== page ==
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Going Small: A Marketers Journey from Large Companies to the Startup World

For my entire career, I’ve worked for large companies. I started in advertising working for Saatchi & Saatchi and Havas, two of largest global agencies. My clients were all Fortune 100 companies like P&G and GlaxoSmithKline.

More recently I’ve spent time at AutoTrader, a part of the multi-billion dollar Cox Corporation and PGi, a $500 million public company with 2500 employees worldwide.

But, over the past 8 years, I’ve been lucky to stumble into more entrepreneurial-type positions within these large companies. At AutoTrader, I had the opportunity to build the B2B marketing function from the ground up. And at PGi, I built the lead gen and inbound sales team that grew revenue over 300% in 3 years.

I Like to Build Things

Through those experiences, I learned something important about myself – I really like to “build” things. When I’m building, I’m at my best and happiest in my job. When things shift to more of a “management” phase, that’s when I tend to get bored and start looking for the next thing.

That was the position I was in at PGi. I had been there for 3 years and I had built out a 25 person sales and marketing team. I had a great bench of talent who I knew could keep the ship going without me.

A Unique Opportunity

That’s when a unique opportunity came my way – a local startup called QASymphony. The company makes software used to test software applications for bugs. Testing is the less sexy part of the software development process, but incredibly important. You just need to read some recent headlines about software bugs bringing down major companies like NYSE, United Airlines, and to understand the significance of software quality.

QASymphony has a great platform for agile software testing and has been rapidly gaining traction in the market. But they had some misfires with marketing since the company started and were looking to bring on someone to help build the function. It was right up my alley with the exception of one thing: I had never worked for a startup before.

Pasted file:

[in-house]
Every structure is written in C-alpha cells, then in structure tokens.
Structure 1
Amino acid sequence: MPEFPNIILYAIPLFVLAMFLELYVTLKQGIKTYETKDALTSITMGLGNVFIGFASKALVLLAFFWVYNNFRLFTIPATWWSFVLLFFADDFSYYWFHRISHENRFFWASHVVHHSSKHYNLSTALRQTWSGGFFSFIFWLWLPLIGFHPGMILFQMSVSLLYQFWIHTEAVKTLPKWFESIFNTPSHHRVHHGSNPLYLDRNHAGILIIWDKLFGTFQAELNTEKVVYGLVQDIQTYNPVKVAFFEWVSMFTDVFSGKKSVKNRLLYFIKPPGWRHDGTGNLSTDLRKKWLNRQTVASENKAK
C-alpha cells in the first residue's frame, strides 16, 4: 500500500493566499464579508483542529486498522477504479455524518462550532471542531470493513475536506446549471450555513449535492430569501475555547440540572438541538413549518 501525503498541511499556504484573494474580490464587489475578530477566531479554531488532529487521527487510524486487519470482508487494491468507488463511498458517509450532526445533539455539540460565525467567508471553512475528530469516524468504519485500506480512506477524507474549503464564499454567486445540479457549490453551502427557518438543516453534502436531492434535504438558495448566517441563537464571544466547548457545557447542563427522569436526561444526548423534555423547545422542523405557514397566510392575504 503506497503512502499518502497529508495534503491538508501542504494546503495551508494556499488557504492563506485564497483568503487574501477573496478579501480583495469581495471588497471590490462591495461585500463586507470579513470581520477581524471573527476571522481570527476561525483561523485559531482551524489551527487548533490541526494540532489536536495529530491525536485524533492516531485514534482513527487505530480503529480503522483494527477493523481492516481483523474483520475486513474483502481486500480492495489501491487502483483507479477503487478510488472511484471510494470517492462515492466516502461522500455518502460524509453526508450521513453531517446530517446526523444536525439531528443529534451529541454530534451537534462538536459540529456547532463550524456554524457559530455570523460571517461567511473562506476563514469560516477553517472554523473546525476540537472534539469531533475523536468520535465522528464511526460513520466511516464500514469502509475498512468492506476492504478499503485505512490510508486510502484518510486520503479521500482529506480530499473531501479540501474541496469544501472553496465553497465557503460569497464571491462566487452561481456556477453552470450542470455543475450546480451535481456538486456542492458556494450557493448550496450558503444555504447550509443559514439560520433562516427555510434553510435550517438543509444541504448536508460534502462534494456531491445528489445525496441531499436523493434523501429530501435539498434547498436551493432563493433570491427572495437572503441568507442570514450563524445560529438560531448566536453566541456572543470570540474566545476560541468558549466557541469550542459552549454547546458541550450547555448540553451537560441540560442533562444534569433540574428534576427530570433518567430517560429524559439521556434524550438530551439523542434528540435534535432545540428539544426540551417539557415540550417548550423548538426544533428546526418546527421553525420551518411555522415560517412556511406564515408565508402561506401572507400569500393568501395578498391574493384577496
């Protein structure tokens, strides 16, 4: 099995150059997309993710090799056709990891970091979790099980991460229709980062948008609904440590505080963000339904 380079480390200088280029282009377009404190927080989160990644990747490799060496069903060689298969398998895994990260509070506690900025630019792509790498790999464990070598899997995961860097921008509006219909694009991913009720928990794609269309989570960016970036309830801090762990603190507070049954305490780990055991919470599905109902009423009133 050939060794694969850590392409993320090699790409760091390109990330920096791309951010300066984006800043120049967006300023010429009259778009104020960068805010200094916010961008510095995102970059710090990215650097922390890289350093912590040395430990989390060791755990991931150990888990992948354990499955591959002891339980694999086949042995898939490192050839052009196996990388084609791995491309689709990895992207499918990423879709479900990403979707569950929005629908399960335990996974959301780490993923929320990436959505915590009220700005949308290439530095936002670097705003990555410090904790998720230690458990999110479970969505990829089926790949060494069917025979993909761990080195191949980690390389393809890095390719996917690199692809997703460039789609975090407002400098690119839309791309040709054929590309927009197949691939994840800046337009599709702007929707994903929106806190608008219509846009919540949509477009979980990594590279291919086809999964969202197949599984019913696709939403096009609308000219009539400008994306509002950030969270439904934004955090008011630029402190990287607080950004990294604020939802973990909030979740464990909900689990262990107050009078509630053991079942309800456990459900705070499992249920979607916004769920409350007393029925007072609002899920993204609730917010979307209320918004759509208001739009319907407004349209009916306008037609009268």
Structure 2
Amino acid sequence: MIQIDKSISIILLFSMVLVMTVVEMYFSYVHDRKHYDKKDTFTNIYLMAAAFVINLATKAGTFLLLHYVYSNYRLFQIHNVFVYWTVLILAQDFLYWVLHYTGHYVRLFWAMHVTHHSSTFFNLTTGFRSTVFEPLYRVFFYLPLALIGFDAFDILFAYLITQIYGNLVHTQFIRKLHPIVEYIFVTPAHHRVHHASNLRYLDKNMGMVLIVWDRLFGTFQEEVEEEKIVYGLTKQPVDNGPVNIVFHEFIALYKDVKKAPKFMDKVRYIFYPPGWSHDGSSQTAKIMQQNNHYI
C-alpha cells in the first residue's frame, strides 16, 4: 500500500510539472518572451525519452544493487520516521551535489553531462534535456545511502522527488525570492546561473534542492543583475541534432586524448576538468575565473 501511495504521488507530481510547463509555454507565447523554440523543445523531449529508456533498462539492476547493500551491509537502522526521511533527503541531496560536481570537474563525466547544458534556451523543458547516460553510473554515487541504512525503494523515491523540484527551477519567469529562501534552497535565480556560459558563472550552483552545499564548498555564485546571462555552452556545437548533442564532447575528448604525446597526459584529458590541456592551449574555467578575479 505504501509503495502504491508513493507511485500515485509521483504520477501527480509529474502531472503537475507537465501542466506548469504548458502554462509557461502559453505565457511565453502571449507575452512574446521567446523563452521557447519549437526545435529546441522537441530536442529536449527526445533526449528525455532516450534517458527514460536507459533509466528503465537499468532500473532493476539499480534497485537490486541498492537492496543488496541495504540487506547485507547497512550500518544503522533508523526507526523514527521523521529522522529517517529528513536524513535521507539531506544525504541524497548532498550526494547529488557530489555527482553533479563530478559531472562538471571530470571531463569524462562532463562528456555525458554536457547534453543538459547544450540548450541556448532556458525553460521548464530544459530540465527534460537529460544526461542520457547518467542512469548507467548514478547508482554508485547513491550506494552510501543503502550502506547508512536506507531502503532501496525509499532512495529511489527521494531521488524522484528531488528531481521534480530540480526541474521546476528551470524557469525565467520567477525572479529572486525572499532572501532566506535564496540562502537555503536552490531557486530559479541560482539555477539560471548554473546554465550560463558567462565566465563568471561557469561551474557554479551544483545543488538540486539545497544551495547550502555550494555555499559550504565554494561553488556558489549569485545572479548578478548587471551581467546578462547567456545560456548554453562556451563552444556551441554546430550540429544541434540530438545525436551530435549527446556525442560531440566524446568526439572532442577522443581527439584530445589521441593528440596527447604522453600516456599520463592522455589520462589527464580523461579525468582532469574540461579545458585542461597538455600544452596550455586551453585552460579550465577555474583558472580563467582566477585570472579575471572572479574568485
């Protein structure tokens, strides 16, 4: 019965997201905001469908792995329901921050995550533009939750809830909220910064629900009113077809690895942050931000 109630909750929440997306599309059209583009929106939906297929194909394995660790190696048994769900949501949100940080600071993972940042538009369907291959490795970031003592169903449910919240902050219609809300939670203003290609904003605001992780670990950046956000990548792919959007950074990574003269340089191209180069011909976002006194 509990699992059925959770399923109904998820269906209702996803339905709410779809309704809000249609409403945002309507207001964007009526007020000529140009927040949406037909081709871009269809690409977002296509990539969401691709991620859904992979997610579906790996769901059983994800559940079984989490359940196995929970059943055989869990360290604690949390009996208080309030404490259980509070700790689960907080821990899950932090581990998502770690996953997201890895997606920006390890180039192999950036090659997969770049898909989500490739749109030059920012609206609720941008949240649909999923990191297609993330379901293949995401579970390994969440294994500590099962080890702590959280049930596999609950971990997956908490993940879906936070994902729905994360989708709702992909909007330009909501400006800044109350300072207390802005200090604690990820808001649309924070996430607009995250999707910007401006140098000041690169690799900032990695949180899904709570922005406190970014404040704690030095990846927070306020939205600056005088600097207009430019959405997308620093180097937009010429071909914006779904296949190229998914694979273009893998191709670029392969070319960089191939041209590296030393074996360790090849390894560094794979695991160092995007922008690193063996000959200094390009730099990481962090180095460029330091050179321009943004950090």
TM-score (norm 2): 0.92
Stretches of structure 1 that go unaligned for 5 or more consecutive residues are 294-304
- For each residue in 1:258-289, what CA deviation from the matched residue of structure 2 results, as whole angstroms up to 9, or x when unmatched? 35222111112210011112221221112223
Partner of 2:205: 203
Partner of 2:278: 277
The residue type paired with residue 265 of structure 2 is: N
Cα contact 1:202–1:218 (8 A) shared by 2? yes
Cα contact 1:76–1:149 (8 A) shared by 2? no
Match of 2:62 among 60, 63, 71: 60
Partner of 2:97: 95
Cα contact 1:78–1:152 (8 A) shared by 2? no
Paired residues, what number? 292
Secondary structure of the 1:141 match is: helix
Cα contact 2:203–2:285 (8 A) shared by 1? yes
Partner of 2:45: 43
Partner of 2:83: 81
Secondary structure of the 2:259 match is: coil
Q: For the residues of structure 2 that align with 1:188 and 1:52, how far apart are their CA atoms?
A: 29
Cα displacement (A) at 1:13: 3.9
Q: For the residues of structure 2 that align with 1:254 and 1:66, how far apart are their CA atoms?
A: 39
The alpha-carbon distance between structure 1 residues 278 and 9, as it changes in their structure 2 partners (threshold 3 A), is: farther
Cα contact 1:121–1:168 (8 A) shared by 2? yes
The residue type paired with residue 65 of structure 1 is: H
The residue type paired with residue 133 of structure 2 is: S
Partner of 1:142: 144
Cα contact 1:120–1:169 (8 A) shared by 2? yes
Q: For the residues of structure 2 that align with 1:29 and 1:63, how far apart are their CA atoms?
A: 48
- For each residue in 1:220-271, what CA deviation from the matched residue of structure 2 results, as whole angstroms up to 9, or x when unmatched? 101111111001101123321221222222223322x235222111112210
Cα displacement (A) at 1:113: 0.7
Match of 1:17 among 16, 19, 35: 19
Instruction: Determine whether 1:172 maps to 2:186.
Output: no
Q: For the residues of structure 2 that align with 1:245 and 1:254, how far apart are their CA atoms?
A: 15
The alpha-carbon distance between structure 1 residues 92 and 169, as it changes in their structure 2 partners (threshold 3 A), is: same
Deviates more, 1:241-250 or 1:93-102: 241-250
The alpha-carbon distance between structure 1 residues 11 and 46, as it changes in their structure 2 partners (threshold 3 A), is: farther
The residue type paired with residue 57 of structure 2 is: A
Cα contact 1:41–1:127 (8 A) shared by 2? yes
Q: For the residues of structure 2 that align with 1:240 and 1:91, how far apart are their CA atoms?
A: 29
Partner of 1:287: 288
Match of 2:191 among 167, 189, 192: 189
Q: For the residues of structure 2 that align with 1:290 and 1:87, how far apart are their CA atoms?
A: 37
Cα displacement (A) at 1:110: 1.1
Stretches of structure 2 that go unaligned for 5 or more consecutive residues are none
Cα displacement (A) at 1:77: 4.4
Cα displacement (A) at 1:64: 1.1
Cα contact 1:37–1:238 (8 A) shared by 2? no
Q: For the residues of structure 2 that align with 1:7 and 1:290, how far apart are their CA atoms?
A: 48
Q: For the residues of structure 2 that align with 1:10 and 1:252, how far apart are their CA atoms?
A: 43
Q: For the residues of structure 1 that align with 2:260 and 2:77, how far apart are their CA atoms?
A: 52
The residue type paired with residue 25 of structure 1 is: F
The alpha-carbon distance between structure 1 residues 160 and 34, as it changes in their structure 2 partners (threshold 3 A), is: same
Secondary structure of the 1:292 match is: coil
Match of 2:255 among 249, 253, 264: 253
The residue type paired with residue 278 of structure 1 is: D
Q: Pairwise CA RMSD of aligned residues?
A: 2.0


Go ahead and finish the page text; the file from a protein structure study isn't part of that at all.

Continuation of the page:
That was probably the main concern for the QASymphony team as I went through the interview process. No one questioned my skills or experience. But would a guy who has spent his career in big companies be able to adapt to a small startup?

An Entrepreneur in Large Companies

Personally, I didn’t have any concerns about that. I had spent the past 8 years in roles where I was essentially an entrepreneur in large companies. I knew that my skills would transfer well. I guess QASymphony felt the same way and they hired me.

I’ve been on the job for about 3 months now and its been a lot of fun. I’m back to building. Right now I’m working on a new brand name/logo, a new website, new collateral, new content, and much more.  I’ve also been drinking the company Kool-Aid: I wear my branded QASymphony apparel everywhere I go, even while hiking on vacation in Colorado, as you can see in the photo below.

ABB – Always Be Branding

We Don’t Have the Resources

Of course, there are also some challenges. We’re a startup, so we don’t have the resources I used to have at bigger companies. I have a small team of 3, including an intern. We have to make our dollars stretch as far as possible. I’m rolling up my sleeves every day and actually doing the work rather than managing the process.

Honestly, sometimes having fewer resources can be a good thing. It forces you to focus on what’s critical to driving the business. It makes you to get creative on how you spend company money. For example, rather than hiring expensive agencies with big retainers, I’ve opted for good contractors who bill hourly. Fortunately, I’ve been able to find a lot of former agency people who are now out on their own doing contract work. So, I’m getting top talent for a lot less.

Going Small Isn’t For Everyone

Going small isn’t for everyone. You really have to know what you’re getting into. Before I took the job, I spent a lot of time studying the industry, the company and the leadership team. Our CEO Dave Keil told me that I probably did more research on him during the interview process than he did on me. But that due diligence has paid off. When I took the job, I knew exactly what I was getting into, and there have been no big surprises. If anything, the job has exceeded my expectations so far.

So, whether you’re at a big company or a small company, it’s important that you’re happy. Throughout my career, I’ve seen time and time again that happy employees are better employees.

The key to happiness at work is figuring what you like to do, and then finding the company – big or small – where you can do it.

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